Lin Ying-chang (林英昌), who police suspect of detonating an explosive device on a commuter train in Taipei on Thursday evening, regained consciousness yesterday morning, but is intubated and in a critical condition, Taipei Medical University Hospital said.
Lin, 55, was among the passengers most severely injured when a steel pipe bomb exploded at about 10pm in the sixth carriage of a northbound commuter train as it headed into Songshan Railway Station (松山車站).
Hospital deputy superintendent Huang Tsung-jen (黃聰仁) said Lin should be well enough to be questioned by police in two or three days.
Photo: Wu Cheng-feng, Taipei Times, from Facebook
The hospital contacted the police on Friday after they found metal fragments in Lin’s chest and thighs, causing wounds that differed from those sustained by other passengers.
Investigators named Lin as the sole suspect in the explosion after analyzing video footage from surveillance cameras from the train station and from a bus Lin took, and comparing his DNA with DNA found on the pipe bomb and in the bag used to carry the explosive device, Criminal Investigation Bureau Director Liu Po-liang (劉柏良) said.
In addition, investigators also found a red canvas bag in the bathroom of the train that is identical to a bag video footage shows Lin carried onto the train.
Police found material that could be used to assemble an explosive device inside the bag.
Investigators said Lin had left a note before he committed the crime, as he expected he would die in the attack.
Investigators said hospital records show that Lin received treatment for mental health problems and tonsil cancer, adding that he had been in financial trouble.
Lin’s son on Friday told police that his parents are divorced and that his father used to work as a house painter, but left home years ago and was listed as a missing person.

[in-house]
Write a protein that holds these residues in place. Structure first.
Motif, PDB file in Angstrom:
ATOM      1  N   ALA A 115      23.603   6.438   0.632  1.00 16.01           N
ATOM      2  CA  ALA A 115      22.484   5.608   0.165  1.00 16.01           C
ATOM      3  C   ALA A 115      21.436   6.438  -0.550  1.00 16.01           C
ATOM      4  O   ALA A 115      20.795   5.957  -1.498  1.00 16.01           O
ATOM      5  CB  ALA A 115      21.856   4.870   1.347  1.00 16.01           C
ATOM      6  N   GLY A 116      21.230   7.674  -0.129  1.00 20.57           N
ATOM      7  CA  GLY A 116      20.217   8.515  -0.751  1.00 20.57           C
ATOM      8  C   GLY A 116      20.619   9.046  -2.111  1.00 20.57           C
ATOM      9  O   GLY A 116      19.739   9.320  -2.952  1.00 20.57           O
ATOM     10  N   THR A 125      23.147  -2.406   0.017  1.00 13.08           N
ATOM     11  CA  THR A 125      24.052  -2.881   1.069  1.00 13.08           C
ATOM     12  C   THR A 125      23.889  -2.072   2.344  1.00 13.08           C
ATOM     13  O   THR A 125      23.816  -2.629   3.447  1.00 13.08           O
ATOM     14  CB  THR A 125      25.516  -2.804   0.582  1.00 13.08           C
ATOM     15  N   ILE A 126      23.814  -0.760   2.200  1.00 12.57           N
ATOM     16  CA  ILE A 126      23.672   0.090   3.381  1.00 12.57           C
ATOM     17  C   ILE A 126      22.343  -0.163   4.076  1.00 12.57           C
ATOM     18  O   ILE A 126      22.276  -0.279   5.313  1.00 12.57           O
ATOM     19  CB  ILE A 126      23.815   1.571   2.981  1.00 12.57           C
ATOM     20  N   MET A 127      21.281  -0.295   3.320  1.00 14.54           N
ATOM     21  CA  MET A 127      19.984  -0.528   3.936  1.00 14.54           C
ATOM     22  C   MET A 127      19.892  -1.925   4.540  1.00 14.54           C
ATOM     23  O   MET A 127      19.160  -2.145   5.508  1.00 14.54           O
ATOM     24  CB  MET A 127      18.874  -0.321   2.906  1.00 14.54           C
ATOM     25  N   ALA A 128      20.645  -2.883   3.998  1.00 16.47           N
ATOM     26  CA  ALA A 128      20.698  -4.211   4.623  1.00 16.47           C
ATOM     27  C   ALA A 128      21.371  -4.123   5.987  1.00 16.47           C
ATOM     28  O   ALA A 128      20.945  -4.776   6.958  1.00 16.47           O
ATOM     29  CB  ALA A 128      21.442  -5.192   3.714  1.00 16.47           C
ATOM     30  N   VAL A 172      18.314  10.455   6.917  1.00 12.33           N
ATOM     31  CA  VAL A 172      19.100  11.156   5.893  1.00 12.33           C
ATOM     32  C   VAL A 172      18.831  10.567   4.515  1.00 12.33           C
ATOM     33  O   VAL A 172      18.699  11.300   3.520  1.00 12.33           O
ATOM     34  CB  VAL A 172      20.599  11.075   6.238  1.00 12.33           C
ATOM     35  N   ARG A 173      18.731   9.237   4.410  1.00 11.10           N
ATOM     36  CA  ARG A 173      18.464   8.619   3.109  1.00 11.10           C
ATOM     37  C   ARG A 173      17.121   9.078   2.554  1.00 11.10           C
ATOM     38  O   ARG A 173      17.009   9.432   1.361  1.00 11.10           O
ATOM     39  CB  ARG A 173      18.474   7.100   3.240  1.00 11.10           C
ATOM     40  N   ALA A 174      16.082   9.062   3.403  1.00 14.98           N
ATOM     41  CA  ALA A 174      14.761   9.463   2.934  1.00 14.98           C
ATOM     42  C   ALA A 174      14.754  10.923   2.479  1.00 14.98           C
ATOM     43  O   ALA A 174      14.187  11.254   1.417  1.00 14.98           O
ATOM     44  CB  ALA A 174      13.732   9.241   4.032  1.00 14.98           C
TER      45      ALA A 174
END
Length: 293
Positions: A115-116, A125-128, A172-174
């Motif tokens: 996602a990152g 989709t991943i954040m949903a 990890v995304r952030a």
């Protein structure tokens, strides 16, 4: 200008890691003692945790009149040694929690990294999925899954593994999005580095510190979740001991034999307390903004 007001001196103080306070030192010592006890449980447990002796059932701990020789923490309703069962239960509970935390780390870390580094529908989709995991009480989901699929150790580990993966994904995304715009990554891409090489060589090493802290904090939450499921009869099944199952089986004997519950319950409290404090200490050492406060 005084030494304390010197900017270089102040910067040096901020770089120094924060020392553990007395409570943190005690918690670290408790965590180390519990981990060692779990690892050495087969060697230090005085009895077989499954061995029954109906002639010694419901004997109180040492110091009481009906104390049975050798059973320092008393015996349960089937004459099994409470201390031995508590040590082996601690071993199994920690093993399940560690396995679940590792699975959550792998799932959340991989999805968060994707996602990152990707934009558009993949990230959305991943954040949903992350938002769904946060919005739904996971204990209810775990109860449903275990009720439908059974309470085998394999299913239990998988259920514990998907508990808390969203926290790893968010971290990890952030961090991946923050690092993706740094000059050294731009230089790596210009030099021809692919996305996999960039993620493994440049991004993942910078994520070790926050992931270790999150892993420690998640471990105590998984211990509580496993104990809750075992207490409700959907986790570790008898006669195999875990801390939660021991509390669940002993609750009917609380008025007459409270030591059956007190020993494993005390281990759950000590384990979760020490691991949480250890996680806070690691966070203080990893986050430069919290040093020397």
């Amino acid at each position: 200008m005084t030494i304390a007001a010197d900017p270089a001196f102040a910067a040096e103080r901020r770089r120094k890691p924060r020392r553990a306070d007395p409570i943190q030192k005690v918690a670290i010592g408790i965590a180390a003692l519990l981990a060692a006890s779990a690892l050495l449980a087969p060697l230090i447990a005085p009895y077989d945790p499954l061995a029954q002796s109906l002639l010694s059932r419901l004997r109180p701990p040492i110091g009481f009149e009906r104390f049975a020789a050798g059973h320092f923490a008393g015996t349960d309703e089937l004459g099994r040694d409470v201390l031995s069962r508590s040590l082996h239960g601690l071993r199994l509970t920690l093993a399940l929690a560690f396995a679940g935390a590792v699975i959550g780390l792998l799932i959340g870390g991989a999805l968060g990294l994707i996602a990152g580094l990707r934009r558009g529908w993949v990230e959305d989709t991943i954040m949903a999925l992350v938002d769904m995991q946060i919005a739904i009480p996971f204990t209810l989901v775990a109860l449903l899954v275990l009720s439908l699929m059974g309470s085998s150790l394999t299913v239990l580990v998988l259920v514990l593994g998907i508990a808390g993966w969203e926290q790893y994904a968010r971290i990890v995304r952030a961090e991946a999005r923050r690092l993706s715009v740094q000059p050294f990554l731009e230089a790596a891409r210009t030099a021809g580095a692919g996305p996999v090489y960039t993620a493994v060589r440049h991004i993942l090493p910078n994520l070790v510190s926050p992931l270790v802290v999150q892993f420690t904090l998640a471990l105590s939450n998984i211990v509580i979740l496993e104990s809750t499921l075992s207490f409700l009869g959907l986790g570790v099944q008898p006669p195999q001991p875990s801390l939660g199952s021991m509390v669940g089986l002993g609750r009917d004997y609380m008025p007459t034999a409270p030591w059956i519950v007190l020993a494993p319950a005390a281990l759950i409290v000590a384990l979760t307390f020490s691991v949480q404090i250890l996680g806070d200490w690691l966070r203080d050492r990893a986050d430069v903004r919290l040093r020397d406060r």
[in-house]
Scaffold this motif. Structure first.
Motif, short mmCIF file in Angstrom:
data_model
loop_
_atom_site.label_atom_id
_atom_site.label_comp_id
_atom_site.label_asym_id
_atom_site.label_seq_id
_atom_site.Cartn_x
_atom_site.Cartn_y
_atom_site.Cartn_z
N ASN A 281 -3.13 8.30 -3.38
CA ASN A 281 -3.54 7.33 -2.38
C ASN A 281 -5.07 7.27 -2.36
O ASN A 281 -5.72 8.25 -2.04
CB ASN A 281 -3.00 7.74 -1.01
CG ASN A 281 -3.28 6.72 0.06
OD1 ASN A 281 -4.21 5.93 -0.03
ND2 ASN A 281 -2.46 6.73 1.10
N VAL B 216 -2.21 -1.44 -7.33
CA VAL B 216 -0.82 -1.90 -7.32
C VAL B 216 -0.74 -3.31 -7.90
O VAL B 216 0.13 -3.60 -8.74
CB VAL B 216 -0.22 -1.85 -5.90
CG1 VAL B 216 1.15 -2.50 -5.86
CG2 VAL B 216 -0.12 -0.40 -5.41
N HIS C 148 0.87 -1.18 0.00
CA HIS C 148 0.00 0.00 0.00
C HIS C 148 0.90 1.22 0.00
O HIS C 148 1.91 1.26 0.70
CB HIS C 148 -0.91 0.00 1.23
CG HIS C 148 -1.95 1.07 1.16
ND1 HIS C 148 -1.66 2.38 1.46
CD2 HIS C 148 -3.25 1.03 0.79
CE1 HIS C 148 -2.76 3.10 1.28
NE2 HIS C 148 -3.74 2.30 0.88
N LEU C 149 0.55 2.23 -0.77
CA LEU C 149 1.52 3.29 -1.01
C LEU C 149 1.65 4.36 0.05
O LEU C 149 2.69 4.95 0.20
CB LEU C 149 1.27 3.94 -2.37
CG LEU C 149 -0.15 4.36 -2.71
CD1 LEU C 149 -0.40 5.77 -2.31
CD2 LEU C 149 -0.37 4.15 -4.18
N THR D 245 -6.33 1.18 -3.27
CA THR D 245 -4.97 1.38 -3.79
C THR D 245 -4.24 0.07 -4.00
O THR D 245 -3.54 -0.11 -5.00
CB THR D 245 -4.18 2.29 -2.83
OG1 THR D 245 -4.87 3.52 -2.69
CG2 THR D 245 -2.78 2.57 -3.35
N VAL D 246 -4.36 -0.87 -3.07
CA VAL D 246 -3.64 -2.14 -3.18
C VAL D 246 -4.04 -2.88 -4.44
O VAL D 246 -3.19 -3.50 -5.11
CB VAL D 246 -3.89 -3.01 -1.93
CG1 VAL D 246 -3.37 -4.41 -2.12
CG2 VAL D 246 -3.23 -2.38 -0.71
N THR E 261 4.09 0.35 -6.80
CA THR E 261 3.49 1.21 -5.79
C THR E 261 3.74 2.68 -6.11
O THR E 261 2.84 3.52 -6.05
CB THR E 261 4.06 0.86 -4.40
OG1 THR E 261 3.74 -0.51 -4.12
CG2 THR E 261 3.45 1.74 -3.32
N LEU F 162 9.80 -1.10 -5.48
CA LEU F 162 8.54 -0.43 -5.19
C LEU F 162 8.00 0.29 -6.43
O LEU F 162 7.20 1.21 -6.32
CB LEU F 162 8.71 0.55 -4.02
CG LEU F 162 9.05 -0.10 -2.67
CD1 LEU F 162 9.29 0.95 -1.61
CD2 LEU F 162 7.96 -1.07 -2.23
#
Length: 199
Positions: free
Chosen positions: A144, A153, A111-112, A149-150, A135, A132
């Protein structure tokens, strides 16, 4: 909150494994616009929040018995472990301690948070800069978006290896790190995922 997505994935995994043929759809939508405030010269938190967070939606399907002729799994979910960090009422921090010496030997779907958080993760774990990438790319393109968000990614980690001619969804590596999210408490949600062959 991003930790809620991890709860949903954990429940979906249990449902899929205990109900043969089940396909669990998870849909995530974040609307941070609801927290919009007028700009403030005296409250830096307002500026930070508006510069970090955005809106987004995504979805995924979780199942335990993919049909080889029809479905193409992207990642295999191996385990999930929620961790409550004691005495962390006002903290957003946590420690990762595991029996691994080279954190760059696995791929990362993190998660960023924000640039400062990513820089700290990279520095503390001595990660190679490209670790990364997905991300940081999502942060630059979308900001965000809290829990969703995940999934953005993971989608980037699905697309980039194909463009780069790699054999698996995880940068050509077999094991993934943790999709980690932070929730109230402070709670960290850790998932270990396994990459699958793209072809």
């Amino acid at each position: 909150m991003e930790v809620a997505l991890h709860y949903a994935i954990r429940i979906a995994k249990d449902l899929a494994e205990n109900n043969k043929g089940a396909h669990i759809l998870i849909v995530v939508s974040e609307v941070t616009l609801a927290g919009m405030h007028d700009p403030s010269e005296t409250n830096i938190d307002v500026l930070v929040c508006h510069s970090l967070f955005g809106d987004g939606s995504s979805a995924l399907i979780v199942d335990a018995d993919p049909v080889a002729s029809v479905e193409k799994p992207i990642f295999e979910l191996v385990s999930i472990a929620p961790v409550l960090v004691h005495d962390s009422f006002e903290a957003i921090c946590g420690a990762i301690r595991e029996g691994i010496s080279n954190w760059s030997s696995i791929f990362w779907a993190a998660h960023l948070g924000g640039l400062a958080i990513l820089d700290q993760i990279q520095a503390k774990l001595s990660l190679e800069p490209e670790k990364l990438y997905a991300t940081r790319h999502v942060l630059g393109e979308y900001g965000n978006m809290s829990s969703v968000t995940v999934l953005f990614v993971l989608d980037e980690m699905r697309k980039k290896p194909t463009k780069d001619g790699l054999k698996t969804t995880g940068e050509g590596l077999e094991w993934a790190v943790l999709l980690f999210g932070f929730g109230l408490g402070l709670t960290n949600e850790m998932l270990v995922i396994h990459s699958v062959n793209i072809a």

Lin, who is from Hualien, had been living in his van with his dog, police said.
He has a criminal record that includes offenses such as theft, the handling of stolen property and drunk driving.
Police said they found Lin’s van, which he left in a mountainous area of Nantou County before taking a bus and then a train to Taipei.
Investigators found a note in Lin’s van that he left behind for his family, telling them to repay his creditcard debts and arrange his funeral. They also found his dog in the van.
The owner of a small restaurant told investigators that Lin had borrowed money from her and said he was going to Taipei for two days, adding that Lin gave her the key to his van and asked her to feed his dog.
Before discovering Lin’s van and interviewing the restaurant owner, investigators had police track Lin’s movements before he arrived in Taipei from GPS coordinates found on his smartphone, which was retrieved from the train after the explosion.
Several passengers wounded in the attack said they saw Lin holding a long, pipe-like device.
Lin’s family, who visited him at the hospital on Friday, said they were rarely in contact with him and did not know why he would commit such a crime.
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